- The Washington Times - Thursday, October 30, 2003

The NBA season is in the throes of an uneven “Premiere Week,” not counting the jaw-dropping debut of LeBron James in Sacramento.

James walked into one of the noisiest arenas in the NBA and refused to acquiesce to the environment and the most ludicrous burden ever imposed on an athlete so tender.

James, No.23, set those at courtside on a quest to find new superlatives after finishing with 25 points, nine assists, six rebounds and four steals.

James is being labeled the next Jordan — Michael, not Eddie — while the old next Jordan endeavors to improve his interpersonal skills with Shaquille O’Neal.

The Turner Sports studio crew broke down Kobe Bryant’s body language after the Lakers broke down the perpetually suspect interior defense of the Mavericks.

Magic Johnson, to name one member of the Turner think tank, liked what he saw, in both spirit and execution.

Johnson, who wears the NBA’s “I Love This Game” slogan on his face, saw the first signs of a healing process between Bryant and O’Neal, each of whom convicted the other of being selfish, plus fat in O’Neal’s case. Bryant did find the bench in time to celebrate the fourth quarter with the Lakers.

By the way, Bryon Russell hit a few shots for the Lakers, which leads to an obvious lament: Now he hits them after missing most of them in Washington last season.

Mark Cuban, the mercurial owner who favors T-shirts, has retooled the Mavericks, though to no significant effect unless you believe in the power of Danny Fortson to bump bodies with the leading big men in the Western Conference. The Mavericks, entertaining or not, are stuck as the third- or fourth-best team in the NBA.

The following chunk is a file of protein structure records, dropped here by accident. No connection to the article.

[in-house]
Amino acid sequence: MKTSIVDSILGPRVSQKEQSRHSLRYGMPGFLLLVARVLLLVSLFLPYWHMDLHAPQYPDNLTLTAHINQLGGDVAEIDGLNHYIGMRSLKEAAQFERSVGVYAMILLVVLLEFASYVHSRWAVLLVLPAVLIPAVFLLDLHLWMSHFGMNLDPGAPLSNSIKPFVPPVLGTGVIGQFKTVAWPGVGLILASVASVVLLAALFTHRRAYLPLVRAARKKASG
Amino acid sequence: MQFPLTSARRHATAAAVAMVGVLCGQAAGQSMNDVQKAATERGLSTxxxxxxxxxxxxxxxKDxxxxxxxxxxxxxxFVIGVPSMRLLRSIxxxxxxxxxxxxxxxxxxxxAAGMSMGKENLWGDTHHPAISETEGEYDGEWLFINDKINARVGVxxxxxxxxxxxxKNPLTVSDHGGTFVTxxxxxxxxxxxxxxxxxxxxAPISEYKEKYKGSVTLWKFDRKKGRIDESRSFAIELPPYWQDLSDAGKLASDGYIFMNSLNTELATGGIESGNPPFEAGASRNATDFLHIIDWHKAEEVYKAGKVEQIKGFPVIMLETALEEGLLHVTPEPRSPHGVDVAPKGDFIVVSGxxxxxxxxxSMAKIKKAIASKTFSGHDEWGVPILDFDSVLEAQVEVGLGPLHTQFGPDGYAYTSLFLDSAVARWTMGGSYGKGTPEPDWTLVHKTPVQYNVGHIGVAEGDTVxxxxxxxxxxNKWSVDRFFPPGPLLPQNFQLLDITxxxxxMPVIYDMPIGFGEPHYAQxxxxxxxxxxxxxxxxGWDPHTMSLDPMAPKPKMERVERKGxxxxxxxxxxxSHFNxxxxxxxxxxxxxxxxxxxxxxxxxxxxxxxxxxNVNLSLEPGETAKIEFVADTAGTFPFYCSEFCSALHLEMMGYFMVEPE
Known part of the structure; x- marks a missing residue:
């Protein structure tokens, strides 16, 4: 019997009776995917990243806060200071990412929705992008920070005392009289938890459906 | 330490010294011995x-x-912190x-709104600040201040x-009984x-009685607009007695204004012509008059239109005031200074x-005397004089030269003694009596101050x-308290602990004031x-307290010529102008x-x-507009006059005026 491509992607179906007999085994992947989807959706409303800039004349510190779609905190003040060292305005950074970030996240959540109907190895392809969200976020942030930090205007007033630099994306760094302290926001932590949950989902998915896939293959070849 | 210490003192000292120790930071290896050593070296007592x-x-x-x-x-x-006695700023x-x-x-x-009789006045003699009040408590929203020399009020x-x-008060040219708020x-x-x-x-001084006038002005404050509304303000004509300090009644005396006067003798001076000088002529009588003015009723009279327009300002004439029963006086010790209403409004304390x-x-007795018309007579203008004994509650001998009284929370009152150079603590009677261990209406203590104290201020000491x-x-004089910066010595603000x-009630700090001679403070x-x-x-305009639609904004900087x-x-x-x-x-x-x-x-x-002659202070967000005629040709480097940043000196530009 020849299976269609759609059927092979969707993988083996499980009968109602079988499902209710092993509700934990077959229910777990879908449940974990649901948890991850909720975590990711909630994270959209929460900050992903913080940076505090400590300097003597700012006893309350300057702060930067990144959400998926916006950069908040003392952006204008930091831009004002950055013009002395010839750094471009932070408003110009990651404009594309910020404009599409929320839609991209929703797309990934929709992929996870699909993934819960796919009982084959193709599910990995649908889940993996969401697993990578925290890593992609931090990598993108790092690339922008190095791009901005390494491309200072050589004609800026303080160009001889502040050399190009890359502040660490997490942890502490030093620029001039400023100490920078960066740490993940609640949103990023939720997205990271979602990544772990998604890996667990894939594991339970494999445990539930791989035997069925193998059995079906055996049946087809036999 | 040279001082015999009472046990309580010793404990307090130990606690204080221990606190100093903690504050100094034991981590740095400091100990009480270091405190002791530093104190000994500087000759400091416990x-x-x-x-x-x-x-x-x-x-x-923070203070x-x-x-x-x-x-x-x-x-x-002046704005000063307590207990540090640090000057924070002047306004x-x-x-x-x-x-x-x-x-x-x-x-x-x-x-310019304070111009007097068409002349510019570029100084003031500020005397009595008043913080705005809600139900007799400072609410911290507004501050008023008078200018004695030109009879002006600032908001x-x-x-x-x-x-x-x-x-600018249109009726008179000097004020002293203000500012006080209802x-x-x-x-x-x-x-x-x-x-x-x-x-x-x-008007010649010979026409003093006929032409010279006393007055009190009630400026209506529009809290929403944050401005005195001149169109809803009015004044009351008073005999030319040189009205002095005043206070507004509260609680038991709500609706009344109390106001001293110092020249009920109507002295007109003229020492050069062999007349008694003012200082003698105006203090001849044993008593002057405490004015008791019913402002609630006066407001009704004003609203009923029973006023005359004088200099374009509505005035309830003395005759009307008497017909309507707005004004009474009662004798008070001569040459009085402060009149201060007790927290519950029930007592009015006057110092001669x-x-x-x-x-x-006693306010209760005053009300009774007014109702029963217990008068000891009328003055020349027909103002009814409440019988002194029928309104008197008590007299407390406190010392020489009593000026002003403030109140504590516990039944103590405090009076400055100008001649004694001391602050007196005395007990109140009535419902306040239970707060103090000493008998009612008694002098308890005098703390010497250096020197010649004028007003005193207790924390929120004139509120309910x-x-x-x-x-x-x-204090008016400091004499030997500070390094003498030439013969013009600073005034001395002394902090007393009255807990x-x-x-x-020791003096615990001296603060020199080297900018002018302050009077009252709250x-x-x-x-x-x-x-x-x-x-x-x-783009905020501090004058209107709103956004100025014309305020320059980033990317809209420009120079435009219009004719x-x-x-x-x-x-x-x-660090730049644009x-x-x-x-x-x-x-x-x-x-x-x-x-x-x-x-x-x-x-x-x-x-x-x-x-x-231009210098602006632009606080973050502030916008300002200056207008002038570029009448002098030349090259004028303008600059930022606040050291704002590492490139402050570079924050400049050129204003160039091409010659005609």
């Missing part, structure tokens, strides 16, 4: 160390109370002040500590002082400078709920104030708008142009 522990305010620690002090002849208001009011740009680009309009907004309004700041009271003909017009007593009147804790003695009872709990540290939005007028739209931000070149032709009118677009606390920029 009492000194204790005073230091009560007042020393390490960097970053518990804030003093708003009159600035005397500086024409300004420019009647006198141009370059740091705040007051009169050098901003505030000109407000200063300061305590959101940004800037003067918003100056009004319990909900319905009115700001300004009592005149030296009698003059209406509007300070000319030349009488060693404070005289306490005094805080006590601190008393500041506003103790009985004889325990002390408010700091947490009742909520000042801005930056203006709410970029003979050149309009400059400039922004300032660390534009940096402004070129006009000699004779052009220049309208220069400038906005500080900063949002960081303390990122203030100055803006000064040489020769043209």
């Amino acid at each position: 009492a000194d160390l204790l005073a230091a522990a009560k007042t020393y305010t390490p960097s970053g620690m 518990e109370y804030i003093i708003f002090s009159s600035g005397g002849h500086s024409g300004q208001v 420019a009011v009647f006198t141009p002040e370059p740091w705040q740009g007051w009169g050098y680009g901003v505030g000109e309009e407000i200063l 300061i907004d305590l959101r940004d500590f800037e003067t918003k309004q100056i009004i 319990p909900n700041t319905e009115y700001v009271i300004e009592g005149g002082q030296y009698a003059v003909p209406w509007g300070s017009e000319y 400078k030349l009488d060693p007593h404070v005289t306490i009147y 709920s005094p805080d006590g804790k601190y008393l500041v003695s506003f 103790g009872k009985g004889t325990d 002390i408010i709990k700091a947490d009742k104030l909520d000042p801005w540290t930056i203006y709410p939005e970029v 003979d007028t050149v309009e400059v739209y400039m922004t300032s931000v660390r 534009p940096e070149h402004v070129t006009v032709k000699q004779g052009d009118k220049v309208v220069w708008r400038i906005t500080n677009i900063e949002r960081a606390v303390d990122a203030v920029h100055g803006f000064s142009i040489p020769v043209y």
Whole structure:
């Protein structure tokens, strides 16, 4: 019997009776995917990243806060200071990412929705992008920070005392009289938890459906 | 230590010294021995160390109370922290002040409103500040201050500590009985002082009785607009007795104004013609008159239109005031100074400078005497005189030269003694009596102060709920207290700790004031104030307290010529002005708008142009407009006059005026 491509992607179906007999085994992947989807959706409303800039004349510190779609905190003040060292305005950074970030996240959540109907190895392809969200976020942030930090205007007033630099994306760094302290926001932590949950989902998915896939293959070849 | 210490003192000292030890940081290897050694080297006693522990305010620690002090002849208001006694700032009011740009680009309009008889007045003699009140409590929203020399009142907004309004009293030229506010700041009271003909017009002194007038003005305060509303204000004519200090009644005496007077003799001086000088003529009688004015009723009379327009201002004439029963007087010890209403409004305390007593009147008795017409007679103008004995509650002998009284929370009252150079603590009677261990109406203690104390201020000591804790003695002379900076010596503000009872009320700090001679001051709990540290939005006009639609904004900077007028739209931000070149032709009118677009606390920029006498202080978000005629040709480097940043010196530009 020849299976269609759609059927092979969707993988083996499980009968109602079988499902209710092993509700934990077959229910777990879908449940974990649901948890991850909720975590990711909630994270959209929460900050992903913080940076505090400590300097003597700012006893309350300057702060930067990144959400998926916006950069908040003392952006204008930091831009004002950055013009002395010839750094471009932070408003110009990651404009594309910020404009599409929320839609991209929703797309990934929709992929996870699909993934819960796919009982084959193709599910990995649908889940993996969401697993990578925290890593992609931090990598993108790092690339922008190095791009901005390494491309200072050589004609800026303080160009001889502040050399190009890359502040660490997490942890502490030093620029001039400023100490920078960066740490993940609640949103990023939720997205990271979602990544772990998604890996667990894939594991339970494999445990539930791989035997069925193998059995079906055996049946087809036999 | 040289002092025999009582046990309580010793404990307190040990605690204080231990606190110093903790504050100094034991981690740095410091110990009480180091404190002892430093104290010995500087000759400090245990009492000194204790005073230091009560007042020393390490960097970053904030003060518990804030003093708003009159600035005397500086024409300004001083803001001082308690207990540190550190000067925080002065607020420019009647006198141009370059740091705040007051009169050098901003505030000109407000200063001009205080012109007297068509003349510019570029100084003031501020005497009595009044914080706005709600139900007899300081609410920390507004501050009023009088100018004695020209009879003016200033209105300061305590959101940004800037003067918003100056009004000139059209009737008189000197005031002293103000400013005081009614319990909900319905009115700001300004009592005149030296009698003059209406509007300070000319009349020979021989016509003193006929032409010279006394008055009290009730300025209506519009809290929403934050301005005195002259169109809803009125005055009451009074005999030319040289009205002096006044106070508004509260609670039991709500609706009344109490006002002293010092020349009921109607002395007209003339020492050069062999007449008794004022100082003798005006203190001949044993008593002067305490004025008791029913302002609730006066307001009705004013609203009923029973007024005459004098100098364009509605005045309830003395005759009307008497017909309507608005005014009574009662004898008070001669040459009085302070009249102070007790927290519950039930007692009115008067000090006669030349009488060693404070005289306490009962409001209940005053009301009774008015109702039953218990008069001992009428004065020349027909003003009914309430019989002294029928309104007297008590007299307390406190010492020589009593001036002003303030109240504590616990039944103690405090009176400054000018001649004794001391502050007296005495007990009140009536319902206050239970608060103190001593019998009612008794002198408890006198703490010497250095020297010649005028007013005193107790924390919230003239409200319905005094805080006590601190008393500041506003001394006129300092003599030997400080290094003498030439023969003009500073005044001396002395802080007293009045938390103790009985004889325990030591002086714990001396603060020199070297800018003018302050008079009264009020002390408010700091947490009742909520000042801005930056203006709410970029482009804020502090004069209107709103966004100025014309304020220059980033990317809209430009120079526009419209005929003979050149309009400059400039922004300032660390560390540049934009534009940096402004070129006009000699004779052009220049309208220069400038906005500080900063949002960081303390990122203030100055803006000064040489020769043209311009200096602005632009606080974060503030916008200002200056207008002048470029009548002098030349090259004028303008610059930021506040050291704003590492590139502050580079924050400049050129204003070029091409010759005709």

Meanwhile, they put on a quite an exhibition in New York, the Knicks and Magic did, as in the preseason sense. The players from both teams appeared to be in need of another month of training camp, Tracy McGrady as much as everyone else.

ESPN had the temerity to televise the Knicks-Magic game as the lead-in to the traveling “Carnivale” in Sacramento, perhaps with a hidden justification. With so many mass marketing initiatives riding on James, he was bound to look better than the Knicks and Magic, even if he merely demonstrated the capacity to breathe under his own power.

James was better than that, of course, a whole lot better, which undoubtedly is causing personnel gurus to reconsider their discomfort around those readying to attend the high school prom. The rush to discover the next James is apt to trickle down to the junior high level.

So how about those Wizards?

The Wizards defeated a bad team on the road by 25 points, which is what modestly reasonable teams are obligated to do. This is not to imply the Wizards are a modestly reasonable team just yet, but the opening display was encouraging.

Kwame Brown resisted the urge to deliver flowers to the altar of Jordan’s statue outside United Center and instead delivered a sturdy effort, if between fits of confusion. He was two points and two rebounds shy of a double-double in 31 minutes, no small measure of hope if the Wizards are destined to disprove the deluge of doom from NBA prognosticators.

Brown is the long-term necessity of the Wizards, the wild card in the operation who must rise in support of Gilbert Arenas and the shelved beachcomber, Jerry Stackhouse.

Another good indicator: Ernie Grunfeld was on the job in Chicago, in full view of the peasantry, with no golf bag at his side, no bodyguards and no mystifying messages to decode. It was basketball for basketball’s sake, a novel approach following the franchise’s experiment with the deification process.

Doug Collins, who led the process in Washington and lost the locker room, has resurfaced on television, talking a good game, as is his wont.

Elsewhere, Mr. Freeze’s intriguing coaching debut with the Pacers almost went unnoticed, except in Detroit, from whence he was banished because of a lack of an inner Alan Alda.

It was Mr. Freeze’s fate to open against his previous employers, stand through the raising of his former team’s Central Division championship banner, and then preside over a two-point victory against the best coach never to have won an NBA championship.

“It’s not about me, and it never will be,” Mr. Freeze said.

Good old Mr. Freeze.

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